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Bronze double-spiral pendant,  width cm, found  on Timpone della Motta, 8th c. BC., National Archaeological Museum, Sibari.
Bronze double-spiral pendant, width cm, found on Timpone della Motta, 8th c. BC., National Archaeological Museum, Sibari.

I. A. 7. Bronze double–spiral pendant

Pendants of this type are known to have been suspended by the raised loop between the spirals.

The ornament is made from bronze wire, the ends of which have been hammered thin in order to be able to form tight centres. Pendants of this kind are often called spectacle-spiral pendant. They have a long history in Western Asia and the Balkans and occur for example in shaft grave omicron  at Mycenae, where it is an imported item.

Pendants of this kind are also found in Macedonia and Albania.

The design is obviously similar to the contemporary Oinotrian 4-spiral fibulae, which were found in the richer female burials at Macchiabate (cf.  Museum no. //).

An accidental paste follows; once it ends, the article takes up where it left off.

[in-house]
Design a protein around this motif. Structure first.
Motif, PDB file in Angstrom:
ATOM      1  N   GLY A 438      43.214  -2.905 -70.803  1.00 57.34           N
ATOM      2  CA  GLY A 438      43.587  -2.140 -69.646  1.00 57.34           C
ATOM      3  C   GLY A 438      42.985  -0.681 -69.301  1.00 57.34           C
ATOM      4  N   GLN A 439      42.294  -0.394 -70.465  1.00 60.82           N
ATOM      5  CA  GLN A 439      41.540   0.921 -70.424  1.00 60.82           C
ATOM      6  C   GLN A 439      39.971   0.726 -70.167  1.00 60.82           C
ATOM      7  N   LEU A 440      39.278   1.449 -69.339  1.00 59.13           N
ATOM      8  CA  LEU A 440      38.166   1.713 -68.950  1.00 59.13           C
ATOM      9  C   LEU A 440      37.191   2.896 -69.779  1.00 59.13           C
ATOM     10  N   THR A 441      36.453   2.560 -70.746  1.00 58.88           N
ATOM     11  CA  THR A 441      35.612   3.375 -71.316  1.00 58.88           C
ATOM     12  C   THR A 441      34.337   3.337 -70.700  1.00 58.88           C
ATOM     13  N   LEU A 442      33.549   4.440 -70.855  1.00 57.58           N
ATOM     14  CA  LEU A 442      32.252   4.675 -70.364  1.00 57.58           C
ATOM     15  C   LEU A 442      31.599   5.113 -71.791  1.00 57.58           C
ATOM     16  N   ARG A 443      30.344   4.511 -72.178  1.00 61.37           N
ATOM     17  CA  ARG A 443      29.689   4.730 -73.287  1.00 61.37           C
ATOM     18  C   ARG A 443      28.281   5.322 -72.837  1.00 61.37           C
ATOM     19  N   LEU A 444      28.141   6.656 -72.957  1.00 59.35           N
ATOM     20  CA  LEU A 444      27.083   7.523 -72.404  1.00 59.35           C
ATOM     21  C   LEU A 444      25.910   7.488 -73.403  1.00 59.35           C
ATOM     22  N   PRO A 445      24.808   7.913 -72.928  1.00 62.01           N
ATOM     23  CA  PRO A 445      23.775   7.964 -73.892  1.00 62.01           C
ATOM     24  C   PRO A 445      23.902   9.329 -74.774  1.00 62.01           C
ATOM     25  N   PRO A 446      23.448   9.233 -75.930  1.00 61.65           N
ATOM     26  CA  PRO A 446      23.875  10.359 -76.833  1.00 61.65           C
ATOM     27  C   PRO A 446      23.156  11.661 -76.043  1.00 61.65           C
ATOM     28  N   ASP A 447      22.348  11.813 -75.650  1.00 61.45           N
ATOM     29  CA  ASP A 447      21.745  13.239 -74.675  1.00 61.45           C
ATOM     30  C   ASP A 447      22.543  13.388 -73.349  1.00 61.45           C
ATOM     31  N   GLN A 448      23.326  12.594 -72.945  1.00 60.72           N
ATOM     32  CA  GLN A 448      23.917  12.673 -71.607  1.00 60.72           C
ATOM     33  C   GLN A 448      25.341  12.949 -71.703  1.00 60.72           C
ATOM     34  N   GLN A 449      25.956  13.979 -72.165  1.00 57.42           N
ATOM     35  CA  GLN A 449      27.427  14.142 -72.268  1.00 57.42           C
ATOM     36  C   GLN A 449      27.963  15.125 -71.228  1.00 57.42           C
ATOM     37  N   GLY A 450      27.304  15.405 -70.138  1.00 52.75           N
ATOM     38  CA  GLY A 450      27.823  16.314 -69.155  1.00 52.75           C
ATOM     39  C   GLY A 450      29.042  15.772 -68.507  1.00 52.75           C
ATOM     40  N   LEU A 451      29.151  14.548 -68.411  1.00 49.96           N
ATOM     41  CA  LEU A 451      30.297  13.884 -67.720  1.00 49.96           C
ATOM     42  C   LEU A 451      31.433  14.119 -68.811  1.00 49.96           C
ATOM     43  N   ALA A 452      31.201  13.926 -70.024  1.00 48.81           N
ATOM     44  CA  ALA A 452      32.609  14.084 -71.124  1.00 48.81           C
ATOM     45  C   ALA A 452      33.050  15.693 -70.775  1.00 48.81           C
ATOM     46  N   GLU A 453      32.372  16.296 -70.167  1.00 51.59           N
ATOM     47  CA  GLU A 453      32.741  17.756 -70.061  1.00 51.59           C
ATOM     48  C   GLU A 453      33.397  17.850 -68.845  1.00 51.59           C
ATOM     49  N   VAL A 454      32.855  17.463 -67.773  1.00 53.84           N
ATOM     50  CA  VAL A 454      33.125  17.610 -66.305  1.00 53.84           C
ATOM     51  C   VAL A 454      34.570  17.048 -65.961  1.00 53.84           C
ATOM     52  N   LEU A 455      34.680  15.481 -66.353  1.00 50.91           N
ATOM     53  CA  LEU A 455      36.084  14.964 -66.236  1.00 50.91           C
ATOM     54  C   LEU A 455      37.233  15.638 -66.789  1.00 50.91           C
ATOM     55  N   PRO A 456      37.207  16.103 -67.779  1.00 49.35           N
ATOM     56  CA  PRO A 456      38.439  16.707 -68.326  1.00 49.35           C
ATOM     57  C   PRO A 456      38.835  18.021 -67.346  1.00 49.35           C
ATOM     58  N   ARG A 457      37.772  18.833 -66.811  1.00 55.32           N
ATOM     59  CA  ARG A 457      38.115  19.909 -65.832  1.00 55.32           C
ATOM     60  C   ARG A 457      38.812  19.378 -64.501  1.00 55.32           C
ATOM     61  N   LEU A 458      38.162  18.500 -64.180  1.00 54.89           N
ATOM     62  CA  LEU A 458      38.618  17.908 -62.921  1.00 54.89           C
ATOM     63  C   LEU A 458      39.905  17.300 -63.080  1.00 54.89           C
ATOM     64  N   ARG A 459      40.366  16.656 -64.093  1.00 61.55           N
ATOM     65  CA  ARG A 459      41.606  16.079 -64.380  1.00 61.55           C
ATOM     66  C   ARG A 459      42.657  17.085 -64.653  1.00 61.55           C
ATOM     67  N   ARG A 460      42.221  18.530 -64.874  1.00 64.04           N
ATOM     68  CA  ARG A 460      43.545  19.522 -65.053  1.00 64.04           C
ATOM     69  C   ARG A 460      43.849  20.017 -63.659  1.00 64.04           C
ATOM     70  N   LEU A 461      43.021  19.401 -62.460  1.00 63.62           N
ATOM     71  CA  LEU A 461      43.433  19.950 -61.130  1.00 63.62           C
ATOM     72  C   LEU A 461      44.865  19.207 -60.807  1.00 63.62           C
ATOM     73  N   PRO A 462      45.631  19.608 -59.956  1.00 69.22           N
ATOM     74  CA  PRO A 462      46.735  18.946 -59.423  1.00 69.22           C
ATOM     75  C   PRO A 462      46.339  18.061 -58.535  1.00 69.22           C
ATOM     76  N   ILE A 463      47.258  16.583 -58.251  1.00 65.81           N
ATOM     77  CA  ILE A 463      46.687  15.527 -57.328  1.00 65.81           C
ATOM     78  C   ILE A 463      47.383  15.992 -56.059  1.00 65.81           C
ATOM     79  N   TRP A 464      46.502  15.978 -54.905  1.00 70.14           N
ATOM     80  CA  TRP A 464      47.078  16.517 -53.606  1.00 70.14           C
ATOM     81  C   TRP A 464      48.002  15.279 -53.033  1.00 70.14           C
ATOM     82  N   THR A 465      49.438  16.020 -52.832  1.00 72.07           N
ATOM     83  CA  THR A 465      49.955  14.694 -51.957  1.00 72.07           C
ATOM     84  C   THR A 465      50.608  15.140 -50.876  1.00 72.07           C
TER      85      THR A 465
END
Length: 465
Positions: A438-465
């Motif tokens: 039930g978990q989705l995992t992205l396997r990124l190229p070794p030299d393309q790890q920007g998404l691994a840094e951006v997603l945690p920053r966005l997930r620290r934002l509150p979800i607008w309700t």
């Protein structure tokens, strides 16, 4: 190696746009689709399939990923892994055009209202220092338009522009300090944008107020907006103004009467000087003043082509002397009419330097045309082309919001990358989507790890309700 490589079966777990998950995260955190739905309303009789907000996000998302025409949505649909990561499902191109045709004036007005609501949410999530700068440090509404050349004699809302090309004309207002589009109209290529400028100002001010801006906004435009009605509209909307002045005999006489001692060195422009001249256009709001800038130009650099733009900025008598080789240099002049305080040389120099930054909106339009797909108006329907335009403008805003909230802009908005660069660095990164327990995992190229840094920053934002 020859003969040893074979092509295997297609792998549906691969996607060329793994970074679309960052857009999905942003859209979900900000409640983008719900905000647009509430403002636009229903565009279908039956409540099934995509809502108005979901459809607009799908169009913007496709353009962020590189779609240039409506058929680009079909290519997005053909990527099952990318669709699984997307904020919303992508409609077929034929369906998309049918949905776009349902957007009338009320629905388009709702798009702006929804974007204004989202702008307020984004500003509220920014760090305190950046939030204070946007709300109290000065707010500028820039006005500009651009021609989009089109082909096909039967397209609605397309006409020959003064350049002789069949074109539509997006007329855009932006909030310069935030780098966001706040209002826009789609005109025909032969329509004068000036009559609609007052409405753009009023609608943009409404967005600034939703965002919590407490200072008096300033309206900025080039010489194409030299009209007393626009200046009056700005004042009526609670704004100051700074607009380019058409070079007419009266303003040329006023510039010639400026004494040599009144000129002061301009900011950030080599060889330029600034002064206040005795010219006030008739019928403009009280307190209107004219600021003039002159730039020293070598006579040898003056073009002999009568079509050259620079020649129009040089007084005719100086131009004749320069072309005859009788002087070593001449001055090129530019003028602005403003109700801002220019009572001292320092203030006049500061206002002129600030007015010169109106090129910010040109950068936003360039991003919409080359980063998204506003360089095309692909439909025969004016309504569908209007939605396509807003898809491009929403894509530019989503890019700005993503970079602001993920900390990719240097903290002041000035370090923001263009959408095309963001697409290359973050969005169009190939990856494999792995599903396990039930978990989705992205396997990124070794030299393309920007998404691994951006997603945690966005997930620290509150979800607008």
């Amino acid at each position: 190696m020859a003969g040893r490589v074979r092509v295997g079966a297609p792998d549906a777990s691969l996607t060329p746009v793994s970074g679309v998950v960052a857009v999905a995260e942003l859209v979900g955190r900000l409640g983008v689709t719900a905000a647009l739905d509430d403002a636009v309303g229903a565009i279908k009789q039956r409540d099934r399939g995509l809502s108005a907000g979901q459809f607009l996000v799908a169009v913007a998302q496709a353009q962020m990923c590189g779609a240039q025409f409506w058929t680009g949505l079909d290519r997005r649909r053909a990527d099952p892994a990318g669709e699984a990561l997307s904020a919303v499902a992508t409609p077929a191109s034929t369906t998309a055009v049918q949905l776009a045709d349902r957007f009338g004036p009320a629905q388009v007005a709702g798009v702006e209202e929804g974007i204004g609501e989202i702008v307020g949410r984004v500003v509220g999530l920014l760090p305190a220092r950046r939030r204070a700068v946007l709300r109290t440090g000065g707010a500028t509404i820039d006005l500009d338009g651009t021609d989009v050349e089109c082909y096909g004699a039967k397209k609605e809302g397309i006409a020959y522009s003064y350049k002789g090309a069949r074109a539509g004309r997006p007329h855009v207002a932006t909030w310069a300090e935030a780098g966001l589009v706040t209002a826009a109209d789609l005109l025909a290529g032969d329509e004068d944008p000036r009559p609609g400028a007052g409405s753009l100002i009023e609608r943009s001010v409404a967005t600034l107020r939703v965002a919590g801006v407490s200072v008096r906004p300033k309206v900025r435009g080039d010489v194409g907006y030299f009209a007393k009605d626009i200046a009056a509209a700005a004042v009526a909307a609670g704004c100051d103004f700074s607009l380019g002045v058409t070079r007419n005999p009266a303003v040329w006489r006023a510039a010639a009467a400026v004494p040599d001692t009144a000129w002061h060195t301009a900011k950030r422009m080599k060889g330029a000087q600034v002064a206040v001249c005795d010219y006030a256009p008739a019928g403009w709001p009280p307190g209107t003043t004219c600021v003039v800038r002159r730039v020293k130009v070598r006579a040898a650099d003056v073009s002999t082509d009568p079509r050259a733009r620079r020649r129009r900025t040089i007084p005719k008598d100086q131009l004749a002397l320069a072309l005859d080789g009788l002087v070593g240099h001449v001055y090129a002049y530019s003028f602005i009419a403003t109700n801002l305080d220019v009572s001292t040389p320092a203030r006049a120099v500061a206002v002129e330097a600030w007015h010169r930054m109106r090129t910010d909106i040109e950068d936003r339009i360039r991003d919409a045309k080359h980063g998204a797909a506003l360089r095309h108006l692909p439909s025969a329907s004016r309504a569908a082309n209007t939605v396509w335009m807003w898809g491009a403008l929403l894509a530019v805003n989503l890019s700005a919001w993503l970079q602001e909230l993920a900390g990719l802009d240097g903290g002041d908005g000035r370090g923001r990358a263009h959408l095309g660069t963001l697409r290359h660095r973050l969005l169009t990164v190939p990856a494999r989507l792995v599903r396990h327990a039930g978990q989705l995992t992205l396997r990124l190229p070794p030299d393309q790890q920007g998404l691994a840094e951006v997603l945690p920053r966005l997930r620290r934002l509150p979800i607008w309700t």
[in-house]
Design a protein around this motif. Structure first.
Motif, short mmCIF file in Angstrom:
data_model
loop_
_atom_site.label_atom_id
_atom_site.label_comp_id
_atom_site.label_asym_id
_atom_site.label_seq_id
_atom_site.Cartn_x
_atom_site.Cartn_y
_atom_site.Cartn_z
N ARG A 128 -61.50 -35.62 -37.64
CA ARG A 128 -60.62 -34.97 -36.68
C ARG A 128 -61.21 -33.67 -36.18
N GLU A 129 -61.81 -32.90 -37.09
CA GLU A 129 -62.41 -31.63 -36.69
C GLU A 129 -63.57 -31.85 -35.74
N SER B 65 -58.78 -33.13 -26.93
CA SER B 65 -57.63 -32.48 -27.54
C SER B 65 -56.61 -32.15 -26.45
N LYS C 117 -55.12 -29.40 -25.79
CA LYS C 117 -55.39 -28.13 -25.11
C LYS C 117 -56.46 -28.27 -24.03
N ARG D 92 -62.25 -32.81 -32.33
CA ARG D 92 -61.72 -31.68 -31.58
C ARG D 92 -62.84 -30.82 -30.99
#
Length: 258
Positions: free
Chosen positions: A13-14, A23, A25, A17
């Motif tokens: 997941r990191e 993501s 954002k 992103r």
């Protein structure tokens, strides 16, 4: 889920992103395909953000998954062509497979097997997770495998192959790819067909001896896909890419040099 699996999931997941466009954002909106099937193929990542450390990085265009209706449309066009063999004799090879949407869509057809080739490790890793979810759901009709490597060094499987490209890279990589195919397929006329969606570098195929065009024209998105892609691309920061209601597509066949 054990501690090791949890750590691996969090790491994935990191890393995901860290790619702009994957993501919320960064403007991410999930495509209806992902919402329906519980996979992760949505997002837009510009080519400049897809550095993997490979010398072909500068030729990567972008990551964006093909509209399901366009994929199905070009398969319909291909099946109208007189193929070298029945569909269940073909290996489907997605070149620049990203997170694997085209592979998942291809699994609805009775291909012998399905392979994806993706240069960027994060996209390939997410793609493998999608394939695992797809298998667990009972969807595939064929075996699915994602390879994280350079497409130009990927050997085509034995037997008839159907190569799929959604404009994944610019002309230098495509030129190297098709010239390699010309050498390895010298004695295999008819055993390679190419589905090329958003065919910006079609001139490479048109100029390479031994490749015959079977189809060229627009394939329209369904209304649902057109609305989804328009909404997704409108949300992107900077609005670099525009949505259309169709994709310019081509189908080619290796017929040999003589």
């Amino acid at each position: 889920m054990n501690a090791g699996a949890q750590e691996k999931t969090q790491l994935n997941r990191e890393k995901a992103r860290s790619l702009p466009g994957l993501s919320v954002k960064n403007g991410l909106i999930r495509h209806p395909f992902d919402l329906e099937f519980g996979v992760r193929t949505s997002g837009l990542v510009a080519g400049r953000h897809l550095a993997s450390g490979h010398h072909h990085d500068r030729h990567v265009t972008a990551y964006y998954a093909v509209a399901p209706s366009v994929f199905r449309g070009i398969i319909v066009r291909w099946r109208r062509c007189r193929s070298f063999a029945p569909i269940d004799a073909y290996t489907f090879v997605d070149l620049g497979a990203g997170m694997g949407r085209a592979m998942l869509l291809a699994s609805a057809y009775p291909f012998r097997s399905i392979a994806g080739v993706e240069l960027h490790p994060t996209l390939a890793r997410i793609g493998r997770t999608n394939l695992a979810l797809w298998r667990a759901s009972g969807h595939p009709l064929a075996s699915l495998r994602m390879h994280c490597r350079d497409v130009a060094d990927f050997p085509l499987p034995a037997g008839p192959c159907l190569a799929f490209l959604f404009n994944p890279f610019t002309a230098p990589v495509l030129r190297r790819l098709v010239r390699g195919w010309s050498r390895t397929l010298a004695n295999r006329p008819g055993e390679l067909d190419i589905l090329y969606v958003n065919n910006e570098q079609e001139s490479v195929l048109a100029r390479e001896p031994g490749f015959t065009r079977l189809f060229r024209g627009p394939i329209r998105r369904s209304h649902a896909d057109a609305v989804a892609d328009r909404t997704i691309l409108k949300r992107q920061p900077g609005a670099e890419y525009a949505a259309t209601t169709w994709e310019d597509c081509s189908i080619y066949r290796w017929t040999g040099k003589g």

Remarkably, no double-spiral pendants have as yet been found in the Macchiabate graves, although they are among the grave goods in contemporary cemeteries near S. Maria d’Anglona and Incoronata.

The pendants hitherto found stem from the temple plateau and are associated with the sacred ‘Weaving House’.That the pendants were produced locally and were considered treasured possessions can be inferred from the fact that one of the spirals of this specimen has been repaired.

The objects are associated with the Weaving House and its altar on the Timpone della Motta, Scavi Kleibrink 1991-2004, no. AC //.